Taoiseach Enda Kenny has said he feels the anger and rage over taped conversations of former Anglo Irish bankers trying to get money from the state.
Senior figures in the toxic lender, John Bowe and Peter Fitzgerald, were recorded discussing how the bust bank was seeking a seven billion euro rescue fund, but that it needed more. The conversation took place on the eve of the September 2008 blanket bank guarantee scheme which ultimately led to the state paying for multibillion-euro bank losses.
Mr Kenny said legislation to help form a long-awaited Oireachtas inquiry into the banking collapse is to be introduced before the summer. "I understand the rage and the anger of so many people who have been affected by all of this in their daily lives," he said.
To date, the Government has not found a paper trail outlining what bankers told the Fianna Fail led government of 2008 when it brought in the guarantee.
The conversations - recorded as a matter of procedure in Irish banks and published by the Irish Independent - hear the men laugh at how money will not be paid back. The pair are heard talking about Anglo's liquidity issues around the time of the Lehman Brothers collapse.
The taped phone call revealed how Anglo negotiators had told the Central Bank that it needed 7 billion euro to stabilise it, but that the bank's team knew the true cost would be higher.
It also suggests Anglo executives believed that once the State committed themselves to handing over money, they would keep supporting the rogue lender for fear of losing its initial investment.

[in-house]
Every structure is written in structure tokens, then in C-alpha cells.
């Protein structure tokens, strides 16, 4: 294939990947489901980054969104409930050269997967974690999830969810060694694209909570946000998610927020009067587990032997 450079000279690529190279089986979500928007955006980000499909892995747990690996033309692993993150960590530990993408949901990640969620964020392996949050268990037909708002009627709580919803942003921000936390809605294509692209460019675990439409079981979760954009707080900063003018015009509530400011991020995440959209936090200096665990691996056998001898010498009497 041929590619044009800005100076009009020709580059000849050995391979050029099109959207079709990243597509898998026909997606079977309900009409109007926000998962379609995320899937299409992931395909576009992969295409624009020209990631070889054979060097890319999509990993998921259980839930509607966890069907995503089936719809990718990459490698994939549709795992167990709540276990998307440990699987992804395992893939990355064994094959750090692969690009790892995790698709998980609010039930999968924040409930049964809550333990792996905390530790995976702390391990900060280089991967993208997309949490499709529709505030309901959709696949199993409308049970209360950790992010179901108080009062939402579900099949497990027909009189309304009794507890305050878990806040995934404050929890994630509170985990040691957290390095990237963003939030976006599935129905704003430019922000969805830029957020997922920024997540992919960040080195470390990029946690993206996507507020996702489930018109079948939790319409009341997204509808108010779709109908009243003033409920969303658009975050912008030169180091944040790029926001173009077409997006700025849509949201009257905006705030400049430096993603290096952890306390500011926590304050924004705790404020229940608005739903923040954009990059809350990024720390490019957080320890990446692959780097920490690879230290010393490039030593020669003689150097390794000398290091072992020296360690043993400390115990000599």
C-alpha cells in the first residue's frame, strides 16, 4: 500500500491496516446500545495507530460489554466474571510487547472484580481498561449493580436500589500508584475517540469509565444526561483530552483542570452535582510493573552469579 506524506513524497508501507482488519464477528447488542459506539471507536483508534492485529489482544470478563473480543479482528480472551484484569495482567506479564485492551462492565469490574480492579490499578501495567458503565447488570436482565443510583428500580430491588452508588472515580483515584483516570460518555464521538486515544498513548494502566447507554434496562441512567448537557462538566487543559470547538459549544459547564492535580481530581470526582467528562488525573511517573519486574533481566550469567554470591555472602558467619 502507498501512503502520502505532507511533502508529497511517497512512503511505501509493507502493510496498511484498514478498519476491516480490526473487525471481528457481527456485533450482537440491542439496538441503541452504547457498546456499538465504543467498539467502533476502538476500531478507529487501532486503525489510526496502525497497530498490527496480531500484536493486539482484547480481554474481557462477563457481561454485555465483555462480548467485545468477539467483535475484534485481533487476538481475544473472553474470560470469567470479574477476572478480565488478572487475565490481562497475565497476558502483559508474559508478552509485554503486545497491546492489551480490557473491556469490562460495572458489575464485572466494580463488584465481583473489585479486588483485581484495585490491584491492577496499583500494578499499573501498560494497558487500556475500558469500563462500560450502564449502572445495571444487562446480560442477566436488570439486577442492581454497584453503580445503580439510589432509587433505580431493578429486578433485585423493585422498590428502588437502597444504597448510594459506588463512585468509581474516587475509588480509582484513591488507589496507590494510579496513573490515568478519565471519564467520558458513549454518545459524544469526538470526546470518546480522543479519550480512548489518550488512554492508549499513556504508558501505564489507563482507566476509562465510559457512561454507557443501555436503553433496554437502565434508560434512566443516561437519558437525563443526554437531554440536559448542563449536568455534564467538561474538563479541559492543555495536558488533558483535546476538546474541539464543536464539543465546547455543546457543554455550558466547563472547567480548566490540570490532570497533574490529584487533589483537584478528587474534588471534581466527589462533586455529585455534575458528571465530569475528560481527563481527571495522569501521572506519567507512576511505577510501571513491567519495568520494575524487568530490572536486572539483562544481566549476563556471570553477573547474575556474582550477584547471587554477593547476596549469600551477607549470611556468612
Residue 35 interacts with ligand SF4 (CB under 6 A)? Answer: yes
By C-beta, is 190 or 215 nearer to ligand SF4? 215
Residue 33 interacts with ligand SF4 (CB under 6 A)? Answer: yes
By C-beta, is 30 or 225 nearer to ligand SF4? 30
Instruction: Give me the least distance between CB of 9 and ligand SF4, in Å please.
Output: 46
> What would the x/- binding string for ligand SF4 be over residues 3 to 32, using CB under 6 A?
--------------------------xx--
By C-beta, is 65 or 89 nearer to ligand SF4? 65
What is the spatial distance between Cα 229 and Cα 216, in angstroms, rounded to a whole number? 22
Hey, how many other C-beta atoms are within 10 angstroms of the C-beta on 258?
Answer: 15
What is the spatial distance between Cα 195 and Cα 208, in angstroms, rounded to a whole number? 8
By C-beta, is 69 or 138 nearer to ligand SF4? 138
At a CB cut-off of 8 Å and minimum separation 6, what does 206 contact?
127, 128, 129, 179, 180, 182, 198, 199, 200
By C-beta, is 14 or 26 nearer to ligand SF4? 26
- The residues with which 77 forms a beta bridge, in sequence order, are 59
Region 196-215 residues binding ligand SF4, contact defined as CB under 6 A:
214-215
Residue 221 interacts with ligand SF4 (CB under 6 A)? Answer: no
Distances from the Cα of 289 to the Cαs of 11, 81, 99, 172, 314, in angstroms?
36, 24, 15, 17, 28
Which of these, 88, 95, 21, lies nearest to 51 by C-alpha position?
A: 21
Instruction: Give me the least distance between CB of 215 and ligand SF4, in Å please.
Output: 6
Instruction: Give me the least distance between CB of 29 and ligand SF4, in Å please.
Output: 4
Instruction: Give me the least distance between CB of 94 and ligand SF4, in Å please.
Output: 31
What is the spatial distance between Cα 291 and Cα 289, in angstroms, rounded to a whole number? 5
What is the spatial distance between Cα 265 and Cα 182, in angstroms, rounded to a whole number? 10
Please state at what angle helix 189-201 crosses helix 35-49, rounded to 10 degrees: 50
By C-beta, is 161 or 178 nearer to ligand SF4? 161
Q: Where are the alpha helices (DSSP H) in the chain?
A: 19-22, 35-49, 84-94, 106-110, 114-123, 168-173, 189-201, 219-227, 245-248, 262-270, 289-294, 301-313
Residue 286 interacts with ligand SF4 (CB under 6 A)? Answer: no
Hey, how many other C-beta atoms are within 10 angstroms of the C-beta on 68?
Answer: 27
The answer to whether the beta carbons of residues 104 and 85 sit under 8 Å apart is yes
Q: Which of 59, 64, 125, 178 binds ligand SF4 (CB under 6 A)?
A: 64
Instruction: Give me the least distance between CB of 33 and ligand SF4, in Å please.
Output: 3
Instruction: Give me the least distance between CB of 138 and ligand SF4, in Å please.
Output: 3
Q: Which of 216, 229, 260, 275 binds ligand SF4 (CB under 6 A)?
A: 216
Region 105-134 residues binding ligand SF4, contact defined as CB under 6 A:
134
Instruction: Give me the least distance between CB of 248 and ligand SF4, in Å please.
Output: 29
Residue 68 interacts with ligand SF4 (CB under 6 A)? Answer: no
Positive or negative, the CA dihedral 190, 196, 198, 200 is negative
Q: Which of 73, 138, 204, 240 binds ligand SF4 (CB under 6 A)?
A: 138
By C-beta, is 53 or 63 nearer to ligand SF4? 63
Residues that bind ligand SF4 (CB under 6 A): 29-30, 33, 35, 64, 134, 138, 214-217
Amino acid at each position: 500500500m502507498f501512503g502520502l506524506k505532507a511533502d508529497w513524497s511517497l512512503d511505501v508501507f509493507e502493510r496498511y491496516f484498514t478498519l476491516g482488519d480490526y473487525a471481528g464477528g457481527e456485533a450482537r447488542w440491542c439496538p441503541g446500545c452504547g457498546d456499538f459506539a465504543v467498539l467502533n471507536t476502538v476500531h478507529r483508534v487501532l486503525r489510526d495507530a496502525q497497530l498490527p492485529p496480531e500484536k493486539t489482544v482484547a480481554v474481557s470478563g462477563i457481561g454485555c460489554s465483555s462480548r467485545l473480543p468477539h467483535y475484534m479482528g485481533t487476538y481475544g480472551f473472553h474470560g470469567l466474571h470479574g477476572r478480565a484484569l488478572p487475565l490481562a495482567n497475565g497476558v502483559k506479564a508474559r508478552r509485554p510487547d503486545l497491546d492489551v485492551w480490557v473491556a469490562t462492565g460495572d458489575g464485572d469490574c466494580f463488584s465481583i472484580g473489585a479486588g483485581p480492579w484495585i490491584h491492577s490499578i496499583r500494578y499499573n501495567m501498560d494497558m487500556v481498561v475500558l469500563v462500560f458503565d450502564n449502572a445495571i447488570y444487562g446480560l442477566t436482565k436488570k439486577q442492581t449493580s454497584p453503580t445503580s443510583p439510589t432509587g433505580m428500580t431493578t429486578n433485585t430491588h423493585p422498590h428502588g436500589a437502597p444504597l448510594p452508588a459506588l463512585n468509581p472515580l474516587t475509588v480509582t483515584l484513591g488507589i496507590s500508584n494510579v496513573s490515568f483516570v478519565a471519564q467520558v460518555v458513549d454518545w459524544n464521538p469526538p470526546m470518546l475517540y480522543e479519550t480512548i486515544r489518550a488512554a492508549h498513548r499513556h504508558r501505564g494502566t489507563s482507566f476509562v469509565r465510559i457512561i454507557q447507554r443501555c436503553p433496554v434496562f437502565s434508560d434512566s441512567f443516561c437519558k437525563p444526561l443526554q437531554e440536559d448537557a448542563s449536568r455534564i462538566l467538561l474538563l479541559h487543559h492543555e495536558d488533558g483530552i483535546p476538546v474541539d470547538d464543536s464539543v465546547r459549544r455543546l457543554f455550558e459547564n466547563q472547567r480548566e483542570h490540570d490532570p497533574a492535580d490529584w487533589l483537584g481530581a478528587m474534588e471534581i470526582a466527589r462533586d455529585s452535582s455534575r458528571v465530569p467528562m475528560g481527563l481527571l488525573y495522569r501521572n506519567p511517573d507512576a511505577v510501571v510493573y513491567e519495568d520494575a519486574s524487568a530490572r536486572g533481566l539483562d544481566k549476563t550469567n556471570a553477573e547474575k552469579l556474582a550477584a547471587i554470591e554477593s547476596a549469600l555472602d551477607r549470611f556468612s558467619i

The audio recording is from the bank's own internal telephone system and dates back to September 2008, weeks before the Government's bank guarantee scheme. Mr Bowe and Mr Fitzgerald deny they tried to mislead the Central Bank about the extent of the funding crisis at Anglo.
Mr Bowe was head of capital markets in Anglo, before becoming director of treasury at the time of the phonecall. He was director of corporate development for the rebranded bank, the Irish Bank Resolution Corpopration from March 2010 to 2012. He now works as an independent financial consultant.
Mr Fitzgerald was director of retail banking at Anglo in 2008 and went on to take up a role as head of corporate affairs for IBRC. He is now interim chief executive of the Addicition Counsellors of Ireland accreditation body.